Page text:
Man who disappeared from Toronto's Gay Village 'led double life,' wife learned

The wife of one of three men whose disappearances launched an investigation now linked to alleged serial killer Bruce McArthur says she learned from police months earlier that her missing husband led a double life and likely did not want to be found.

Divorce papers filed against Abdulbasir Faizi after police investigated his disappearance

Abdulbasir Faizi went missing in 2010. Faizi's disappearance along with those of Majeed Kayhan and Skandaraj Navaratnam led to the creation of Project Houston, an investigation now linked to alleged serial killer Bruce McArthur. (Toronto Police Service)

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  • Bruce McArthur has now been charged with the first-degree murder of Abdulbasir Faizi.

The wife of one of three men whose disappearances launched an investigation now linked to alleged serial killer Bruce McArthur said she learned from police months earlier that her missing husband led a double life and likely did not want to be found.

Those details are included in court documents obtained by CBC News and filed by Kareema Faizi, who began divorce proceedings against her husband, 44-year-old Abdulbasir Faizi, after police investigated his disappearance.

Faizi, along with Skandaraj Navaratnam, 40, and Majeed Kayhan, 58 would be the focus of Project Houston, set up in 2012 by police to investigate the three missing men, who had ties to Toronto's Gay Village and were of Middle Eastern and South Asian descent.

Two of them, Kayhan and Navaratnam, have since been linked to McArthur, who has been charged with first-degree murder in their deaths. McArthur, a 66-year-old self-employed landscaper, is also charged with the first-degree murder of four other men who had ties to the city's LGBT community.

Meanwhile, Faizi's whereabouts and fate remain unknown. Police said his last known location was in the Church and Wellesley street area of Toronto's Gay Village. 

Last, brief conversation

He and Kareema had been married since 1999 and they had two daughters. According to court documents, Kareema said she reported her husband missing shortly after their last, brief conversation on Dec. 29, 2010. She said that he told her he was at work with co-workers and would be home later that night.

When he never returned, she went to Peel Regional Police, according to police documents included with the divorce papers.

"She advised police that her husband has no enemies and no reason for anyone to want to kidnap him. He is not involved in any criminal activity and spends most of his time working or with family," according to the police documents.

Her husband had been happy, she told police, had been looking forward to going on vacation and gave no indication he was depressed or had suicidal thoughts.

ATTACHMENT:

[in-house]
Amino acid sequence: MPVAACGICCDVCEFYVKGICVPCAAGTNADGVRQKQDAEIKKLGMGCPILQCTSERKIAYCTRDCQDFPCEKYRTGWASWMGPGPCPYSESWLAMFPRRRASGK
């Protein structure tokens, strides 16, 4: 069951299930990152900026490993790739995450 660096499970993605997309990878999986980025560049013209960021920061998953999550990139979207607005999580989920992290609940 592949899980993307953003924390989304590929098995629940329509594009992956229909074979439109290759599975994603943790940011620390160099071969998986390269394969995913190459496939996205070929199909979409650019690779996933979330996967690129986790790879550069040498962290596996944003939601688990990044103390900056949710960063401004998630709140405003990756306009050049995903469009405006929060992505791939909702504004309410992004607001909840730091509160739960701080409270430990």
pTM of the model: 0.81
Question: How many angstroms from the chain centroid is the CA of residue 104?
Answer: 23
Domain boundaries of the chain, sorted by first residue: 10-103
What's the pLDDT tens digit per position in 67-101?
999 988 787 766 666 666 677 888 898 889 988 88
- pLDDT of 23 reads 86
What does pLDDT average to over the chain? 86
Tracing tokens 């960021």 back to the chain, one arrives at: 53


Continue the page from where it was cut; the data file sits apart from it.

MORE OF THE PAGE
As well, Kareema told police she had her husband's passport and that she didn't believe he had any credit cards.

She said the family was not undergoing any financial problems, though a bad deal a couple of years ago had forced her husband into bankruptcy. 

"She could not provide police with any information to believe foul play was involved. She is very concerned due to the fact that he called her and said he was on his way home and he did not show up," police wrote.

Days later, police discovered his 2002 Nissan Sentra abandoned on Moore Avenue, in the area of St. Clair Avenue East and Mount Pleasant Road. It's the same area where McArthur stored his tools and where planters with the remains of his alleged victims were recovered.

Following discovery of his car, police took the family's computer as evidence.

Loved his kids

Kareema would soon learn from police, she wrote in court documents, that her husband was "living a double-life and having numerous extra-marital affairs with men unbeknownst to me."

"The investigators felt that he had abandoned his family and did not want to be found," she wrote.

She laid out in detail her attempts to locate her husband. She sent out emails and reached out to all his friends in Canada and abroad, none of whom knew of his other life, she wrote. His cellphone was disconnected shortly after he was last seen or heard from, she said.

This combination of photos shows the six men McArthur is charged with killing. Top row, from left to right: Skandaraj Navaratnam, 40, Andrew Kinsman, 49, Selim Esen, 44. Bottom row, from left to right: Dean Lisowick, Soroush Mahmudi, 50, and Majeed Kayhan, 58. (CBC/Toronto Police Service)

She said she went to the Church and Wellesley area numerous times to try and locate him.

"All attempts to locate Abdulbasir have been futile," she wrote.

"I believe Abdulbasir Faizi has abandoned his family, including his children," she wrote. "I believe he is avoiding all responsibility to his family, both emotional and financial. He is avoiding completing a divorce and seeing and supporting his children."

She later initiated divorce proceedings to get custody of her two children.

A longtime friend of Abdulbasir's told CBC News that he had no idea about his double life and was unaware that his wife had filed divorce papers.

But he described his friend as a family man, very intelligent, funny and smart who loved his kids.

"The last time I spoke to him he was working overtime to make sure his kids get all the things that were on their wish list for Christmas," said the friend, who wished to remain anonymous so as not to upset the family.

He said he's not holding out much hope that his friend is still alive.

"Knowing him and how he was, I really don't think so, because he didn't look like the kind that he would disappear on his kids and abandon them."